I found this article that gave some good examples of what a growth mindset is. 

The example that stood out to me was:

Fixed Mindset: Failure is the limit of my abilities.

Growth Mindset: Failure is just an opportunity to grow.

I definitely struggle with this. I fail at something and instantly feel like it’s GAME OVER. Which is especially unhelpful when you are on a weight loss journey. Yes, I’ve messed up. That doesn’t mean that I just throw the diet out the window and go back to my unhealthy ways. Instead, I can study my failure, figure out what went wrong, and make strategies for how to do better. 

The next family birthday (which is actually this Saturday), I plan on cooking myself a special treat (I’m thinking baked green plantain with just a touch of spray olive oil and salt and maybe some grilled chicken) and then I am going to have canned peaches while everyone else eats cake. (I happen to think canned peaches are a treat.) Next time I end up at a Mexican Restaurant, I’m just going to ask the waitress/waiter to not bring out chips or, better yet, I’m going to avoid Mexican Restaurants until my self-control is stronger. 

So, hurray for my trainer and all the new things she is teaching me!

Fat Fridays: Week 17 Navigating Birthdays and Restaurants

Hi all. How’s everyone’s week been? Mine has been busy. Our family has three birthdays within 8 days of each other and then Easter is also right in the middle of that. Plus, the weather has definitely warmed up and so I have had to do the seasonal clothes-switch-over. Throw in choir practices for our church’s Easter program and my son’s theater performance and I feel a bit like I’ve been running a marathon. April is one of our busiest months. It’s always like that. With my son graduating high school next month, May is also going to be really busy.

So, what does all this have to do with diet. Well, I would say one of the challenges I have been facing is how to keep on track when you don’t have a lot of time to devote to food-prep, and also how to deal with events like birthdays and eating out. My daughter wanted pizza and cake for her birthday. I love pizza. Her birthday was on a Friday and Friday Night Pizza is a pretty standard treat around here. I knew that the pizza was going to be a really big temptation for me. So, before it came, I ate a big meal of vegetables and beans and plantains. Filled myself up. And then I gave myself permission ahead of time to have some pizza crust. (I am one of those weird ones who thinks the crust is the best part of the pizza. It works well in my family since most of them don’t like the crust. Kind of a symbiotic relationship.) Right now my diet is vegan and grain-free. But I don’t plan on staying grain-free. I’m going through a three month course of pills to try and reduce the candida in my system and get my digestive tract back in shape, I do plan on eventually eating small amounts of whole-grains every day. So, I don’t feel too bad about cheating with grain.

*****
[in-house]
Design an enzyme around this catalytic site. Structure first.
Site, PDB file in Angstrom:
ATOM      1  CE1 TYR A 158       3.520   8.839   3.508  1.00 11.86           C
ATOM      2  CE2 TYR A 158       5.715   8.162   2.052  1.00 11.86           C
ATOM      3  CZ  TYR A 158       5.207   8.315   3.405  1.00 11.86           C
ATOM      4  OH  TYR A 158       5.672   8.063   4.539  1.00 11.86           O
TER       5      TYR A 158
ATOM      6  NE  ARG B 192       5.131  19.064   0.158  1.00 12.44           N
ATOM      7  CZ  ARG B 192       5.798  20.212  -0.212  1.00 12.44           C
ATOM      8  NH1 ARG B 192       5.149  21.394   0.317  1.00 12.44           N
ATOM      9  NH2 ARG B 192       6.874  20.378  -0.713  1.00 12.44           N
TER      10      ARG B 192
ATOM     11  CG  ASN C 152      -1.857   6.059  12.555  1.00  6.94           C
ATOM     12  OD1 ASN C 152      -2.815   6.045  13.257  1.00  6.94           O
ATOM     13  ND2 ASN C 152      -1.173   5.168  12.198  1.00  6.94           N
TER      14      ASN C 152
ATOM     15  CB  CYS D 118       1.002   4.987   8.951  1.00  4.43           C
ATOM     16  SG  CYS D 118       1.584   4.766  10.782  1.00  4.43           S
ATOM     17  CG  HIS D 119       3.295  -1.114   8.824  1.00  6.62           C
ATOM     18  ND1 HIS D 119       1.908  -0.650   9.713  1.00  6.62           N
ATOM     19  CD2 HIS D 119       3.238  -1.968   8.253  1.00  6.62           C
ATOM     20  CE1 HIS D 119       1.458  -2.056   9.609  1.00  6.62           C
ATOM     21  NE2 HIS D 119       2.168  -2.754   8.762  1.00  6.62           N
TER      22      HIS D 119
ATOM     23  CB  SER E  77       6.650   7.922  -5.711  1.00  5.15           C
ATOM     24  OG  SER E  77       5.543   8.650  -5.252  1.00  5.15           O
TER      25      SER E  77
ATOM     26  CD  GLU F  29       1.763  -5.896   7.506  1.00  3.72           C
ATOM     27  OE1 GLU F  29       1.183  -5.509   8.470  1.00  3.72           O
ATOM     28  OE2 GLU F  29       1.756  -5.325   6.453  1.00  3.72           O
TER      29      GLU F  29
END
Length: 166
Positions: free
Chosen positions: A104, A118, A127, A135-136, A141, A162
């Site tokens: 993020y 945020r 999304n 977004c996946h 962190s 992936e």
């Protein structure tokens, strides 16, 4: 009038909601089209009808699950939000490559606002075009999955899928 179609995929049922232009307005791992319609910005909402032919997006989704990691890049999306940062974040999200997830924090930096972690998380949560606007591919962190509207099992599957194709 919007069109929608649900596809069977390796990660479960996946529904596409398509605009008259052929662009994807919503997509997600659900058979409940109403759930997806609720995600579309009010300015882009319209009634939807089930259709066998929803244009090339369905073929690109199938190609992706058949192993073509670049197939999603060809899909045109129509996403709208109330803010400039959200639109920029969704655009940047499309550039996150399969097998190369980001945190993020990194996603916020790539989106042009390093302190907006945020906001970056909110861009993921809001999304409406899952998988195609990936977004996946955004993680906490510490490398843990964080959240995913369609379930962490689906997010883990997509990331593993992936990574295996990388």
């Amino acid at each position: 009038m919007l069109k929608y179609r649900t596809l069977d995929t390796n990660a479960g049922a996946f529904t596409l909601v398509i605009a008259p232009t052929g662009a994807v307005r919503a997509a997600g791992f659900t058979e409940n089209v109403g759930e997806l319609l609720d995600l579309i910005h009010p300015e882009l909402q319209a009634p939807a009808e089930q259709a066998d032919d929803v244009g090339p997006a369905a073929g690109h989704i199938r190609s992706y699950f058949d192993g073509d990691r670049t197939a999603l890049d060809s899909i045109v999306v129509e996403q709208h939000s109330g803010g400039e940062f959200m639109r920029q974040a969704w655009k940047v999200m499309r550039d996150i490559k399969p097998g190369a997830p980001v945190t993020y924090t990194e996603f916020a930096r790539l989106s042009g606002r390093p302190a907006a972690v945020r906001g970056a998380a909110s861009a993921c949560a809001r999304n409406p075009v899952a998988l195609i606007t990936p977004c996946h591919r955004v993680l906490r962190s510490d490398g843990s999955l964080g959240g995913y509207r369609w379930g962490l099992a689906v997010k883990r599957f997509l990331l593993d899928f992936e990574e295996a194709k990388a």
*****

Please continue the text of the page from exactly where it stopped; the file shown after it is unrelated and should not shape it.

The plan worked well. I ate a pizza crust and then realized that actually, it didn’t give me that rush of “feel good” that I used to get from eating my favorite foods. It actually made me feel a bit yucky and I didn’t feel tempted to eat any more. Yay.

In the past week I also have eaten out twice. I went out to a Mexican restaurant with my girl friends, a place we regularly visit, and I came prepared! You know that in Mexican restaurants they always place this giant bowl of fresh hot chips and salsa in front of you. And you sit there and munch and talk and munch and talk and it’s only hours later that you realize you’ve eaten an amazing amount of chips and salsa. This time I came with a bag of plantain chips and I planned ahead what vegan food I would order. It worked pretty well, though I’ll admit that at the very end of the evening, I did grab a couple chips. Cause they were just sitting there. Looking really good. Again, it was grain, so I didn’t feel too bad about it.

Then my husband and I went out with another couple to a Thai restaurant. I chose the restaurant because I knew that I could get a good vegan meal at a Thai restaurant. I decided ahead of time that I was going to eat rice with the meal, so I didn’t feel like I was cheating or caving in on the spot. I got Prik Poa Pork, without the pork, and it was amazing! I foresee eating a lot of Thai food in the future as their menu has an option to substitute vegetables for any meat. And I love Thai food anyway. 🙂

I guess the biggest lesson I’m learning is to think ahead. When I know I’m going to be in a different setting than my own kitchen, I can plan which foods I’m going to allow myself to eat and which ones are definitely a NO. Bring alternative food when necessary. Fill up ahead of time so I’m not as tempted to cheat. I think these are lifelong skills that are going to prove to be very beneficial to me.

Ok. Exercise update. I got on the elliptical three times this week. Yay me. I would like it to be more like five times a week, but it’s good progress. (And this blogging accountability thing really worked! I was like, there is NO WAY I’m going to tell everyone that I didn’t exercise again, so I just did it!)

Goals for the week: Somehow navigate the Easter Candy thing and Easter Dinner. NO SUGAR! I will not give in! Keep exercising. Stick to the diet.

 

Have a good week everyone!